Obstructive Sleep Apnea
Do you wake up feeling tired, sleep deprived, and irritable?
You could be suffering from Sleep Apnea.
Individuals with sleep apnea stop breathing for short periods of time when sleeping. According to the America Lung Association, pauses in breathing can last just a few seconds to a few minutes, and occur as little as 5 to as many as 30 times per hour. Obstructive Sleep Apnea (commonly referred to as OSA) is an obstruction or collapse of the airway, which impacts your breathing during sleep. With little to no air flowing to your lungs, there is a decrease in oxygen levels in the blood. Therefore, it comes as no surprise that sleep apnea is a debilitating and life-shortening condition that can impact not only your life but livelihood.
The World Health Organization estimates 100 million individuals across the globe suffer from sleep apnea. In fact, an American Sleep Apnea Association report states that sleep apnea affects 1 in 4 men, particularly African-American and Hispanic men, and 1 in 9 women across the United States. Therefore, it is estimated that between 50 million and 80 million Americans have sleep apnea. In addition, it is speculated that close to 80 percent of all sleep apnea patients remain undiagnosed, causing people to potentially battle a host of life-threatening health risks such as high blood pressure, stroke, heart attack, and heart failure.
The main types of sleep apnea are:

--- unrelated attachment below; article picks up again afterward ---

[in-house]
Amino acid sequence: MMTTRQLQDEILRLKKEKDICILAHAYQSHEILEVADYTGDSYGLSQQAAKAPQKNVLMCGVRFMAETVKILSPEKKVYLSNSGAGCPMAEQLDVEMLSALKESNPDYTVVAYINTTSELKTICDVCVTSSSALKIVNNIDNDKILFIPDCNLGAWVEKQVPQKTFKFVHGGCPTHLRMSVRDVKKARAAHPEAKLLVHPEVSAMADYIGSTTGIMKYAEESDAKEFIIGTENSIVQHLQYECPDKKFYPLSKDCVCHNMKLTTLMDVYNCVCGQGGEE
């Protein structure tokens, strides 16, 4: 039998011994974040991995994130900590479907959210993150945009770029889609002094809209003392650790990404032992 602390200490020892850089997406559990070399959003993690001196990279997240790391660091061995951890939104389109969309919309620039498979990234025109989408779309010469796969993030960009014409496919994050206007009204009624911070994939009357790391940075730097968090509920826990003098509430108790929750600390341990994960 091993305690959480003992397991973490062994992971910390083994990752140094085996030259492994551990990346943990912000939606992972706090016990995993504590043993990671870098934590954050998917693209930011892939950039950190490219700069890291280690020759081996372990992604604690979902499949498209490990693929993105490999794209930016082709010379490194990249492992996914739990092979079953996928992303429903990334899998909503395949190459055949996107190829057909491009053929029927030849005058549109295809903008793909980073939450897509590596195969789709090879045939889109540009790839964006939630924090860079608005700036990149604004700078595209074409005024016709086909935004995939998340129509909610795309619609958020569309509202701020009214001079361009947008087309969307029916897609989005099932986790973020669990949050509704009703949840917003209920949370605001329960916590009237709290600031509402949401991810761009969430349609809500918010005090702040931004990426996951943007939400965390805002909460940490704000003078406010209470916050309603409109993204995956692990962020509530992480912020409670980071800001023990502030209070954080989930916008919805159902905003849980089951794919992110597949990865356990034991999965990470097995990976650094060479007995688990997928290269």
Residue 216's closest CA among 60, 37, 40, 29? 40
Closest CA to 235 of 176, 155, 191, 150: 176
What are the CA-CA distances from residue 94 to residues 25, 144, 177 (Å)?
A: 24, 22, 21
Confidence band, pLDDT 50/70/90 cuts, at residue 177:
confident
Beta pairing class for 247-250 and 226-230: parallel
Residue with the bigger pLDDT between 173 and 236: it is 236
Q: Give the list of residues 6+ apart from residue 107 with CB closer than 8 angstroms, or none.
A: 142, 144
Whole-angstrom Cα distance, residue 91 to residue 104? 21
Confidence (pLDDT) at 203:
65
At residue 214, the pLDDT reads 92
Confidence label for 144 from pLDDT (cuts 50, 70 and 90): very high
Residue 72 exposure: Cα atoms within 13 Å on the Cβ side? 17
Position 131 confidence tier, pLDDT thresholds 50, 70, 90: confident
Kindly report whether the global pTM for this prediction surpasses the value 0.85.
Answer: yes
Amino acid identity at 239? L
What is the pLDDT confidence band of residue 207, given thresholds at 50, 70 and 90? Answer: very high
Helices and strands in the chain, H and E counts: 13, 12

- Obstructive Sleep Apnea,the more common form that occurs when throat muscles relax
- Central Sleep Apnea,which occurs when your brain doesn’t send proper signals to the muscles that control breathing
- Complex Sleep Apnea Syndrome,also known as treatment-emergent central sleep apnea, which occurs when someone has both obstructive sleep apnea and central sleep apnea
What Happens During an Apnea?
If you have OSA your soft palate sags and the tongue relaxes as it slides backward which can partially or totally obstruct your airway. Obstructive Sleep Apnea can occur in varying degrees of severity from mild to moderate to severe. Whether your airway is narrowed, partially collapsed, or obstructed, snoring may (but not always) occur. If your airway is blocked, the oxygen levels in the body fall. As a resulting defense mechanism in the brain, your body is triggered to resume normal breathing once again by gasping or awakening. This constant arousal (many people do not fully awake) does not allow the body to get into the deep restful / recovery sleep the body needs.
Sleep Apnea Symptoms and Signs
- Waking up with a sore/dry throat
- Loud snoring
- Waking up with a choking or gasping sensation
- Sleepiness or lack of energy during the day
- Sleepiness while driving/drowsy driving
- Morning headaches
- Restless sleep
- Decreased interest in sex
- Recurrent awakenings or insomnia
- You have Type 2 diabetes or other health problems
- Memory or learning problems and not being able to concentrate
- Feeling irritable, depressed, or having mood swings or personality changes
- Weight gain
Factors That Increase the Risk of Sleep Apnea